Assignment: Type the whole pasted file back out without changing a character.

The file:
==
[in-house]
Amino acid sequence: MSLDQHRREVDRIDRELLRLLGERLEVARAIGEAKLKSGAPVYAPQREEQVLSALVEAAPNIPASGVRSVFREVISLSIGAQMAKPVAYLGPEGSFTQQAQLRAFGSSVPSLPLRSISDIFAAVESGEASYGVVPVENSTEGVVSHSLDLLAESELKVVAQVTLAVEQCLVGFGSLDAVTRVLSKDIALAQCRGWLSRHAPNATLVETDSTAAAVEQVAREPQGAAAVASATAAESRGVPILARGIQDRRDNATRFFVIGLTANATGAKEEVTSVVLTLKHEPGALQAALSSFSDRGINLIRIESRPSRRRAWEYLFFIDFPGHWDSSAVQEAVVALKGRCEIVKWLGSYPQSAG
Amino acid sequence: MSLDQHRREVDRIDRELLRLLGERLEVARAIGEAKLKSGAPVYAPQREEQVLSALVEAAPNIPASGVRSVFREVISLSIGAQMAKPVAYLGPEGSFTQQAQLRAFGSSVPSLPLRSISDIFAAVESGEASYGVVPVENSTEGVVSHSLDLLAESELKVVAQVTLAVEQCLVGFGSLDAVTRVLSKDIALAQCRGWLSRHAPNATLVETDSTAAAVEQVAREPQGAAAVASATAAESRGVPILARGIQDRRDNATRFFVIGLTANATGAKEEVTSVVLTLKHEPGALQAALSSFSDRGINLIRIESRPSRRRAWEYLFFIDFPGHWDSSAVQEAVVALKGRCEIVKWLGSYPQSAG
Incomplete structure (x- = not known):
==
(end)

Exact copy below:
[in-house]
Amino acid sequence: MSLDQHRREVDRIDRELLRLLGERLEVARAIGEAKLKSGAPVYAPQREEQVLSALVEAAPNIPASGVRSVFREVISLSIGAQMAKPVAYLGPEGSFTQQAQLRAFGSSVPSLPLRSISDIFAAVESGEASYGVVPVENSTEGVVSHSLDLLAESELKVVAQVTLAVEQCLVGFGSLDAVTRVLSKDIALAQCRGWLSRHAPNATLVETDSTAAAVEQVAREPQGAAAVASATAAESRGVPILARGIQDRRDNATRFFVIGLTANATGAKEEVTSVVLTLKHEPGALQAALSSFSDRGINLIRIESRPSRRRAWEYLFFIDFPGHWDSSAVQEAVVALKGRCEIVKWLGSYPQSAG
Amino acid sequence: MSLDQHRREVDRIDRELLRLLGERLEVARAIGEAKLKSGAPVYAPQREEQVLSALVEAAPNIPASGVRSVFREVISLSIGAQMAKPVAYLGPEGSFTQQAQLRAFGSSVPSLPLRSISDIFAAVESGEASYGVVPVENSTEGVVSHSLDLLAESELKVVAQVTLAVEQCLVGFGSLDAVTRVLSKDIALAQCRGWLSRHAPNATLVETDSTAAAVEQVAREPQGAAAVASATAAESRGVPILARGIQDRRDNATRFFVIGLTANATGAKEEVTSVVLTLKHEPGALQAALSSFSDRGINLIRIESRPSRRRAWEYLFFIDFPGHWDSSAVQEAVVALKGRCEIVKWLGSYPQSAG
Incomplete structure (x- = not known):